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Susquehanna survey finds European asset managers must diversify their liquidity sources to deliver best outcome 

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A new survey of European asset managers, conducted by Acuiti and commissioned by Susquehanna, finds that 71 per cent of those who use independent market makers (IMMs) as direct liquidity partners started to do so in the last three years, coinciding with the rise in market stress.

It is estimated that a third of the top asset managers in Europe currently engage directly with IMMs, suggesting significant room for growth.

Access to specialism was, overwhelmingly, cited as the main driver for diversifying trading counterparties.

Those using IMMs reported lower execution costs and less issues accessing continuous liquidity during periods of intense volatility. 

As rising market stress leads some of the traditional liquidity providers to partially withdraw from certain segments of the market, the need for Europe-based asset managers to expand and diversify their liquidity partners’ pipeline becomes increasingly relevant.  

The report, ‘Turbulent Times: How volatility is changing asset managers’ approach to execution’, surveying major Europe-based asset managers, suggests that having a mix of counterparties with different business models improves pricing in aggregate and access to liquidity during market stress while ultimately ensuring better trading outcomes.

These benefits mean investors can trade instantly and with certainty, enabling them to adjust their investment strategies and manage their risk more efficiently, the authors say.

The findings provide insights into asset managers’ changing perceptions of their trading counterparties, ease of access to liquidity, particularly during stressed market conditions, and what requirements they need to meet to ensure efficient portfolio trading activity.

The study showed that a divergence in approach to trade execution is emerging across Europe with notable implications for asset managers and market efficiency more broadly.

Other key findings from the survey include:

Over a third (35 per cent) of asset managers are now looking to make changes by increasing or diversifying their trading counterparties.

The biggest driver cited by most (73 per cent) of those changing or increasing their liquidity partners was a desire to execute against firms that specialise in a specific product or market.

A minority (8 per cent) of the respondents said they would further reduce the number of liquidity partners, but the majority (57 per cent) said they planned to stick to the status quo, reflecting a clear divergence in approach within the sector.

By type of liquidity provider, independent market-makers were said to perform better on providing liquidity, lowering execution costs, and improving price quality. Such benefits are particularly relevant during periods of market stress like those experienced in the early stages of the pandemic, Russia’s invasion of Ukraine and the recent gilt market disruption.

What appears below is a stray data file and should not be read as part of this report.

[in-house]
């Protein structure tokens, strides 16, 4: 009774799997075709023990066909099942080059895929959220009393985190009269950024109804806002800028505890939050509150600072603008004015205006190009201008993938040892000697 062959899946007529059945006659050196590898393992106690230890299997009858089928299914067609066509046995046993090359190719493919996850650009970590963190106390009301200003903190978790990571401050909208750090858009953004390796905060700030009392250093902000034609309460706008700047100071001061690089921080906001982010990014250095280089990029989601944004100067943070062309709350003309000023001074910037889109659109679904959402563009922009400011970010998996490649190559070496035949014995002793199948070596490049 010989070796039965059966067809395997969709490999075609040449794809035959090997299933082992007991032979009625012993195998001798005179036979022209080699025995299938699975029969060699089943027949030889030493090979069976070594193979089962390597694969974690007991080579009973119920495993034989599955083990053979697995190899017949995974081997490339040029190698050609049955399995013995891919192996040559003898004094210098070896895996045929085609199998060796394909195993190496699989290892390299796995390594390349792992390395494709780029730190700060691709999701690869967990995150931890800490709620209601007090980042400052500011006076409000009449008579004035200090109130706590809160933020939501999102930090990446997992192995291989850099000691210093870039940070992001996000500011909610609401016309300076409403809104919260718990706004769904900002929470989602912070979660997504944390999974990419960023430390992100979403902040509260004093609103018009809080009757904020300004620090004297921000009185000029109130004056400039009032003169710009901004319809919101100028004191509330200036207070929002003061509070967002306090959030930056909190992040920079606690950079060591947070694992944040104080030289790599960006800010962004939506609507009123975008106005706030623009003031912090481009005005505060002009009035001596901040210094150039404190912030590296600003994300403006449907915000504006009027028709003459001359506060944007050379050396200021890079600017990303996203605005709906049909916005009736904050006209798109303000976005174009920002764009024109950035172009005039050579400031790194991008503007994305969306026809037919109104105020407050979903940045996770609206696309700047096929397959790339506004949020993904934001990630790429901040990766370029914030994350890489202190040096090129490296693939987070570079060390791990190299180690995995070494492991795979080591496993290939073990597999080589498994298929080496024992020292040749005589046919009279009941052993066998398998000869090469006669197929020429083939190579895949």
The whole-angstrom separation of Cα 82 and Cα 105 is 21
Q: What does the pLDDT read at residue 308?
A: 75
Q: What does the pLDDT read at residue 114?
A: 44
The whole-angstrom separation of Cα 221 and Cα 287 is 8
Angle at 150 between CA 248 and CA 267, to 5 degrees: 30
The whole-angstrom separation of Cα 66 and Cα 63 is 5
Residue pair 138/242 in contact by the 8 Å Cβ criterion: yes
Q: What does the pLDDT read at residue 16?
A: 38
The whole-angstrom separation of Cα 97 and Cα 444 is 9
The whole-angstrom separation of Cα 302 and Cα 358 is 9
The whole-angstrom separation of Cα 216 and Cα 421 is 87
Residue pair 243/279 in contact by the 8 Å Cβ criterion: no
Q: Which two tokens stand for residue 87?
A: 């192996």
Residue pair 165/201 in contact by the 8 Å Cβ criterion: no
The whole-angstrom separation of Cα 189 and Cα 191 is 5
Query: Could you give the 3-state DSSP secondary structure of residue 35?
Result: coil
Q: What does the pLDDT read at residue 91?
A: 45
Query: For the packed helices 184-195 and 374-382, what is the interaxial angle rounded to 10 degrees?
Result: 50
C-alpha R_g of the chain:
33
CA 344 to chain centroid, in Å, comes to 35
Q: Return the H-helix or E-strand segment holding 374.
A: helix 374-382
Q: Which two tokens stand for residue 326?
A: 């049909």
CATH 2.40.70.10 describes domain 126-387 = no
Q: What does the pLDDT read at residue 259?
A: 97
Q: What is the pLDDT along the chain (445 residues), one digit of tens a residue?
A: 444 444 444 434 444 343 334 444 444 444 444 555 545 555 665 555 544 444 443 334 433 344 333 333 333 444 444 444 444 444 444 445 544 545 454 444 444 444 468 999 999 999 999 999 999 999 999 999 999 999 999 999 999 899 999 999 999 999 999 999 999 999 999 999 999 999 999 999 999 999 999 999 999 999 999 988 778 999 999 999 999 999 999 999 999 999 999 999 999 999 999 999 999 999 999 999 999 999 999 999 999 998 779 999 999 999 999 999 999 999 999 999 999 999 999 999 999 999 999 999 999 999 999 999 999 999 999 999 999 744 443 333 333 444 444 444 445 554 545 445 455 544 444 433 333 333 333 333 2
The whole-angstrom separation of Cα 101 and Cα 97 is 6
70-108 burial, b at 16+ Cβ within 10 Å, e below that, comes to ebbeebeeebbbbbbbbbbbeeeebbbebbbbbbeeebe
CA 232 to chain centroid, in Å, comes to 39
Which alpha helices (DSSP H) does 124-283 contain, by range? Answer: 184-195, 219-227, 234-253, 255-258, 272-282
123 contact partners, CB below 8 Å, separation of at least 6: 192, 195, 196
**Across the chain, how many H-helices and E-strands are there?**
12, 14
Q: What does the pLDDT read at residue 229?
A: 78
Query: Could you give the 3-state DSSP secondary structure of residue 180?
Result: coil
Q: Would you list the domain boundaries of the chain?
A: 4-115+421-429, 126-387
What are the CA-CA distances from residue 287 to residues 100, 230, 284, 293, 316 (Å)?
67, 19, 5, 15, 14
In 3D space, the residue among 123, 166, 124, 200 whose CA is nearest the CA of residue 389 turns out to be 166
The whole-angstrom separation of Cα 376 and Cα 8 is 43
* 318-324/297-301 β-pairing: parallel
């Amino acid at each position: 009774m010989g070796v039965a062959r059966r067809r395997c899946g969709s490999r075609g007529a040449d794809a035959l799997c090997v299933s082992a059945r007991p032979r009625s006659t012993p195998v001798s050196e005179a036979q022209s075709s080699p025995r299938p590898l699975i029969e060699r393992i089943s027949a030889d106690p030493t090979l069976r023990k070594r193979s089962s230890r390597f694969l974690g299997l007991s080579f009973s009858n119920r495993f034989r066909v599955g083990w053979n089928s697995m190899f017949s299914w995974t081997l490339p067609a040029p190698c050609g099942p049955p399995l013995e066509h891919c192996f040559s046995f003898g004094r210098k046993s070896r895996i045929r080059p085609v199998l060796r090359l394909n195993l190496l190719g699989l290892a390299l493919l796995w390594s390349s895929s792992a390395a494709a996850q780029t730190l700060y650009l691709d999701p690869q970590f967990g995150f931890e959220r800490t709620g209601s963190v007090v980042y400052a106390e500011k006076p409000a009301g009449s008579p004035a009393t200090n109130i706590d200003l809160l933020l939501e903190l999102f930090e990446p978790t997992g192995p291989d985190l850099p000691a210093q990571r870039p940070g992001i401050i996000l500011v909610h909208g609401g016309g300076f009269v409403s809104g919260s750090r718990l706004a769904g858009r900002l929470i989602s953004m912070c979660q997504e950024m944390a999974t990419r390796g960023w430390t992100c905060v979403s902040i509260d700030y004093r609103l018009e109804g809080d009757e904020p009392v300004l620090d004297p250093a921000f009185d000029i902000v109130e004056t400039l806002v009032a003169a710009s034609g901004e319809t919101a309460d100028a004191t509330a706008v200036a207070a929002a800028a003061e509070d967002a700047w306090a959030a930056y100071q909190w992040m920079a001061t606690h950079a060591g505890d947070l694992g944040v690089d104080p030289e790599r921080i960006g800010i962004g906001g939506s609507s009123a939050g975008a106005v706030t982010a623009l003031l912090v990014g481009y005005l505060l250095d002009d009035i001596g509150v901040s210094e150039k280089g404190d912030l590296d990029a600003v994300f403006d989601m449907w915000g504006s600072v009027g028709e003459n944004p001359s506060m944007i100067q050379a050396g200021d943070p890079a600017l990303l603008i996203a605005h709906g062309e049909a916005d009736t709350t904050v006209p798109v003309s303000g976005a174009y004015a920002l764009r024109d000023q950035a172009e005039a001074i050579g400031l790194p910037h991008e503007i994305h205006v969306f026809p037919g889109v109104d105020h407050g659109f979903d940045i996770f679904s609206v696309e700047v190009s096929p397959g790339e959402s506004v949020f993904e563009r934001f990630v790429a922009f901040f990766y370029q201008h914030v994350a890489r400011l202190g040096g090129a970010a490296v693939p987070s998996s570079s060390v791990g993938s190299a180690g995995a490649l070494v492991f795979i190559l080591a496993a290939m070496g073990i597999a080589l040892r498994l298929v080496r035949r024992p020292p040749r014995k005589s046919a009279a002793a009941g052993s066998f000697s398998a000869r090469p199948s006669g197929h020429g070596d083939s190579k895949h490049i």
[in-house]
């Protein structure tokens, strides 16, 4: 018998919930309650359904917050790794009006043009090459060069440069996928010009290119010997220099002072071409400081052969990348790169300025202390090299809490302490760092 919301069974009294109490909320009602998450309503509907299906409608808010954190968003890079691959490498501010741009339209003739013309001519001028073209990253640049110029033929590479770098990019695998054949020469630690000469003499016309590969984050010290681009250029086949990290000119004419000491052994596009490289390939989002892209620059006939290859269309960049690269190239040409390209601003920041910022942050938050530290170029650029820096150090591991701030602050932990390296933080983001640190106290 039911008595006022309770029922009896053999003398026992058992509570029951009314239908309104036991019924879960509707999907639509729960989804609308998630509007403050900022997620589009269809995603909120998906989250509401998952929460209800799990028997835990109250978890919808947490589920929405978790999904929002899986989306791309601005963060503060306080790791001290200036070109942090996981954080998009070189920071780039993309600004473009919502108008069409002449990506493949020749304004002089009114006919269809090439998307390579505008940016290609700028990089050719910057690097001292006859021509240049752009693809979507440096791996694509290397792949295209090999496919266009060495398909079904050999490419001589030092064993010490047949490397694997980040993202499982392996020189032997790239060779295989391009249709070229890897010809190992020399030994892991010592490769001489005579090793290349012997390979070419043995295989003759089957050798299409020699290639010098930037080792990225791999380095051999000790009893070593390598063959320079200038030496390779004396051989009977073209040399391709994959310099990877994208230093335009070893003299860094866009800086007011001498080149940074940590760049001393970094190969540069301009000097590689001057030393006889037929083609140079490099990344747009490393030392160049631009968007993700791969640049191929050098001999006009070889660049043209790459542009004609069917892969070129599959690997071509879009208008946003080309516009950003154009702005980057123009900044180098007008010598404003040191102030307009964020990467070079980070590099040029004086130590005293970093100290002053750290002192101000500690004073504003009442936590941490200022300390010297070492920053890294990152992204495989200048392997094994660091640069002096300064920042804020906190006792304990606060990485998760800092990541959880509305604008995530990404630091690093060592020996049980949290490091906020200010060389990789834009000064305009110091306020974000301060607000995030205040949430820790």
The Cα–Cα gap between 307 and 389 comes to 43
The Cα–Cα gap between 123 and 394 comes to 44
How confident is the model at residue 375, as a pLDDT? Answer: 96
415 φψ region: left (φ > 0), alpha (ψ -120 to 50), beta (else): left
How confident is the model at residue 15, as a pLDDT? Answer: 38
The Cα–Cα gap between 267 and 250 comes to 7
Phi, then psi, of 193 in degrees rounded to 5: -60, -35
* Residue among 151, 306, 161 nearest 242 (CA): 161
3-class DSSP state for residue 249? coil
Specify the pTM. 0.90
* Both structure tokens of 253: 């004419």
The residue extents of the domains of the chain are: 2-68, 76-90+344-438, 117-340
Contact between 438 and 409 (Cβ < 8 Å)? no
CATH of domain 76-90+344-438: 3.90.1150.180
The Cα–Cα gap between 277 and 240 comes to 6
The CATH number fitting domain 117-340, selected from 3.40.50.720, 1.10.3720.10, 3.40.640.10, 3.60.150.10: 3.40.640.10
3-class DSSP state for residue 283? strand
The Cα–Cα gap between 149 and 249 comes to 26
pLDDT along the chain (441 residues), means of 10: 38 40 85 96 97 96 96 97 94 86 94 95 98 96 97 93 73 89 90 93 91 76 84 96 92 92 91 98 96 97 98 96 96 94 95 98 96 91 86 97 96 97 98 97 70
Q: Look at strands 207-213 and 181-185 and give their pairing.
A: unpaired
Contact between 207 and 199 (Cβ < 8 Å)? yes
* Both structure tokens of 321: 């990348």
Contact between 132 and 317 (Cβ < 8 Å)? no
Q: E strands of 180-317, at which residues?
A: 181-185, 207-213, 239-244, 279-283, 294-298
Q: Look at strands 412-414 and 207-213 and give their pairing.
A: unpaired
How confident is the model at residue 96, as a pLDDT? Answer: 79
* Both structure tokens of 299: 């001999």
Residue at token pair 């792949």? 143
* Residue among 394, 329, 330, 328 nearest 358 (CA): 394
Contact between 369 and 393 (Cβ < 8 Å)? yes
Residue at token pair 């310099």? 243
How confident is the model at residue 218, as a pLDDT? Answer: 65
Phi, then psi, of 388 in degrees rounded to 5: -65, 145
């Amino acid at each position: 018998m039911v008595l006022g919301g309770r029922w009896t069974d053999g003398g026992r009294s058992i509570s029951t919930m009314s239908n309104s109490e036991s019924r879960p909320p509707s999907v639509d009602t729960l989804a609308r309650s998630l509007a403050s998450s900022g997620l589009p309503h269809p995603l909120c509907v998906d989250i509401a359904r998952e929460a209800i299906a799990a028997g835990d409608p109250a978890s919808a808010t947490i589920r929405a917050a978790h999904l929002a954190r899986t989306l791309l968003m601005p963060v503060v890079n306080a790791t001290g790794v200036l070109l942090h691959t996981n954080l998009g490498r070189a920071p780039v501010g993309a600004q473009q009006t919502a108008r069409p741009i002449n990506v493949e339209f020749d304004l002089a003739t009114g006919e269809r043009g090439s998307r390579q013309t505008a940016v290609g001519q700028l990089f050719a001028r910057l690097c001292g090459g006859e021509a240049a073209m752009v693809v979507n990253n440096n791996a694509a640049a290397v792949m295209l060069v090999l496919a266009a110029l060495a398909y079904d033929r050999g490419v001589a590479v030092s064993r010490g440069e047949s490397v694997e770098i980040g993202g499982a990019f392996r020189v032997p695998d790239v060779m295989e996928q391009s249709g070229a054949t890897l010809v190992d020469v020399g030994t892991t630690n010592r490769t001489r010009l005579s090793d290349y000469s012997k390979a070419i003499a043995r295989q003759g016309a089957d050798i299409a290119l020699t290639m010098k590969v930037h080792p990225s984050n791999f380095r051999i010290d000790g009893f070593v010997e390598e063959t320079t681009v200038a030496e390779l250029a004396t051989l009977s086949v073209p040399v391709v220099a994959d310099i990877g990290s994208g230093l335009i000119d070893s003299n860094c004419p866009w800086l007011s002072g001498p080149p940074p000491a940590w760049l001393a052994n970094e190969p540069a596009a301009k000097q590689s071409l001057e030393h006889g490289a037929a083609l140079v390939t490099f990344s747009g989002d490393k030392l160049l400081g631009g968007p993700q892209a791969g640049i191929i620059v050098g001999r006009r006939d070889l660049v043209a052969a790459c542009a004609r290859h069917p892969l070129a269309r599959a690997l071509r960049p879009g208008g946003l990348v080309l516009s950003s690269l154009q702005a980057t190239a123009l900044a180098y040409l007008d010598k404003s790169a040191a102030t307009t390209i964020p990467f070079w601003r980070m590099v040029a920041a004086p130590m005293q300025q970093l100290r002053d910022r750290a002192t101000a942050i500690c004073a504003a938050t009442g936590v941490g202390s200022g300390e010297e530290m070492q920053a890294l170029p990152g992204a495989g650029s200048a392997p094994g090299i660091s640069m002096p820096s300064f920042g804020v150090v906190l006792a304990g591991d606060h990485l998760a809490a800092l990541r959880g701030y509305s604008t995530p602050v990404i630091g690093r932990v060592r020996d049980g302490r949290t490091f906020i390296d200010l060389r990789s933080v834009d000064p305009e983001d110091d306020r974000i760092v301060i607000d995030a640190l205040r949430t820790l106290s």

A significant proportion of respondents saw no difference in the ability for IMMs and banks to execute in size, although traditional banks were said to cover a wider range of asset classes and offering a broader variety of financial instruments.

–          Most of the respondents (90 per cent) considering either increasing or changing their counterparties cited the burden on internal compliance as the biggest barrier to doing so. Misconceptions around regulatory requirements and fear over information leakage were also cited as key obstacles to liquidity providers’ diversification.

William Mitting, founder and managing director at Acuiti says: “Our study shows a clear divergence in the sector with regards to using trading counterparties between those diversifying to respond to a changing environment and those sticking to the status quo. Ultimately, those firms that use IMMs reported better access to liquidity during times of market stress. In addition, many of those using IMMs said that they offered improved pricing and execution costs. These suggest that asset managers are likely to accelerate engagement with IMMs and the diversification of counterparties.”

John Keogh, managing director at Susquehanna International Securities says: “Heightened volatility, the need to reduce costs, the need for liquidity in specialist sectors and constraints on liquidity provision by banks have led the buy side to seek liquidity from other sources, particularly from independent liquidity providers. Although the survey shows that compliance burdens may be an obstacle to adding liquidity providers, this concern may be overstated as the growth in RFQ based platforms that admit as members both buyside and market makers directly has greatly decreased the administrative effort to access liquidity directly from market makers “

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